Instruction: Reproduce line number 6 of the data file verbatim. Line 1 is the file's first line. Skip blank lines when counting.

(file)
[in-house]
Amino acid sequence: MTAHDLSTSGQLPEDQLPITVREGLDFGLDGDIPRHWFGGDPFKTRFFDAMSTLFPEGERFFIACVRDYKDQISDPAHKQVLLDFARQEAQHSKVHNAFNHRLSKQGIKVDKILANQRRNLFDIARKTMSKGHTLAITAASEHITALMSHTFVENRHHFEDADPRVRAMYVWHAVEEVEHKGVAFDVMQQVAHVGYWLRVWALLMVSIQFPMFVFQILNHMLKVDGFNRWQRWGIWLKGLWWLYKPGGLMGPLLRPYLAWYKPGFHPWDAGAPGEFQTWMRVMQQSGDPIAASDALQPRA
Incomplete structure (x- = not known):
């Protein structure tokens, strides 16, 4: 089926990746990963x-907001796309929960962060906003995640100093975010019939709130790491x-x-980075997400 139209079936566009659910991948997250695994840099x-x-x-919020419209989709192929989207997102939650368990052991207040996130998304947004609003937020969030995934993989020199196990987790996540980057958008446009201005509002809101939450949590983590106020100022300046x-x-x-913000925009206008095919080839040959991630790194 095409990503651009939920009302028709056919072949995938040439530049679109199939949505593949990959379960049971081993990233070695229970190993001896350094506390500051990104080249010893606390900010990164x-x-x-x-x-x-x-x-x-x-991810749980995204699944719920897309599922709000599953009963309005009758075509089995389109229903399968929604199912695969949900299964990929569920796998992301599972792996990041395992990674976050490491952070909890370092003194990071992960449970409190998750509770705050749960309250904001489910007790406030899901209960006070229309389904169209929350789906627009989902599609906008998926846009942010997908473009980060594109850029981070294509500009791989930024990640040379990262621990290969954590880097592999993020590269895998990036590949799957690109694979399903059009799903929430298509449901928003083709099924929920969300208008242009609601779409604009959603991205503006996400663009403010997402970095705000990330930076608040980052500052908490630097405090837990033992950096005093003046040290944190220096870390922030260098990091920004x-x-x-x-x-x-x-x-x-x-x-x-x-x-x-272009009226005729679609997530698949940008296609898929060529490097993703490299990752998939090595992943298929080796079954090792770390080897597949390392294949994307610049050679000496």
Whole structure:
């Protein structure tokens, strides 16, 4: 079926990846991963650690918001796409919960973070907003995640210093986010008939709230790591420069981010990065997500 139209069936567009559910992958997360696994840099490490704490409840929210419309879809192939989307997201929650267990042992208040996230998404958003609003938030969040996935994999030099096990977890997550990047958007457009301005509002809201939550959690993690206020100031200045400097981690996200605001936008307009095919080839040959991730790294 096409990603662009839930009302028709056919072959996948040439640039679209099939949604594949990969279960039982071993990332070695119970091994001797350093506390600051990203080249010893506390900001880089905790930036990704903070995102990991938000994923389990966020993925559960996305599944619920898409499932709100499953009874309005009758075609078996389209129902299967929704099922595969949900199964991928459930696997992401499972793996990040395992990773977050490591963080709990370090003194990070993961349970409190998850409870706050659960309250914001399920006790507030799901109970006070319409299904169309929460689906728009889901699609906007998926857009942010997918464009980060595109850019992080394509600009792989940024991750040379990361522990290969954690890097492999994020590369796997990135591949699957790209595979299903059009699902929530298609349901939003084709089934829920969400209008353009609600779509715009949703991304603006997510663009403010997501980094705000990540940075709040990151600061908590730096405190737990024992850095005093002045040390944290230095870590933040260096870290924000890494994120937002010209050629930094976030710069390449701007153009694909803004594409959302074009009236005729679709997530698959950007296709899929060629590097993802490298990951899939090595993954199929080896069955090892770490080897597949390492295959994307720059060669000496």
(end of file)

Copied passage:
């Protein structure tokens, strides 16, 4: 079926990846991963650690918001796409919960973070907003995640210093986010008939709230790591420069981010990065997500 139209069936567009559910992958997360696994840099490490704490409840929210419309879809192939989307997201929650267990042992208040996230998404958003609003938030969040996935994999030099096990977890997550990047958007457009301005509002809201939550959690993690206020100031200045400097981690996200605001936008307009095919080839040959991730790294 096409990603662009839930009302028709056919072959996948040439640039679209099939949604594949990969279960039982071993990332070695119970091994001797350093506390600051990203080249010893506390900001880089905790930036990704903070995102990991938000994923389990966020993925559960996305599944619920898409499932709100499953009874309005009758075609078996389209129902299967929704099922595969949900199964991928459930696997992401499972793996990040395992990773977050490591963080709990370090003194990070993961349970409190998850409870706050659960309250914001399920006790507030799901109970006070319409299904169309929460689906728009889901699609906007998926857009942010997918464009980060595109850019992080394509600009792989940024991750040379990361522990290969954690890097492999994020590369796997990135591949699957790209595979299903059009699902929530298609349901939003084709089934829920969400209008353009609600779509715009949703991304603006997510663009403010997501980094705000990540940075709040990151600061908590730096405190737990024992850095005093002045040390944290230095870590933040260096870290924000890494994120937002010209050629930094976030710069390449701007153009694909803004594409959302074009009236005729679709997530698959950007296709899929060629590097993802490298990951899939090595993954199929080896069955090892770490080897597949390492295959994307720059060669000496």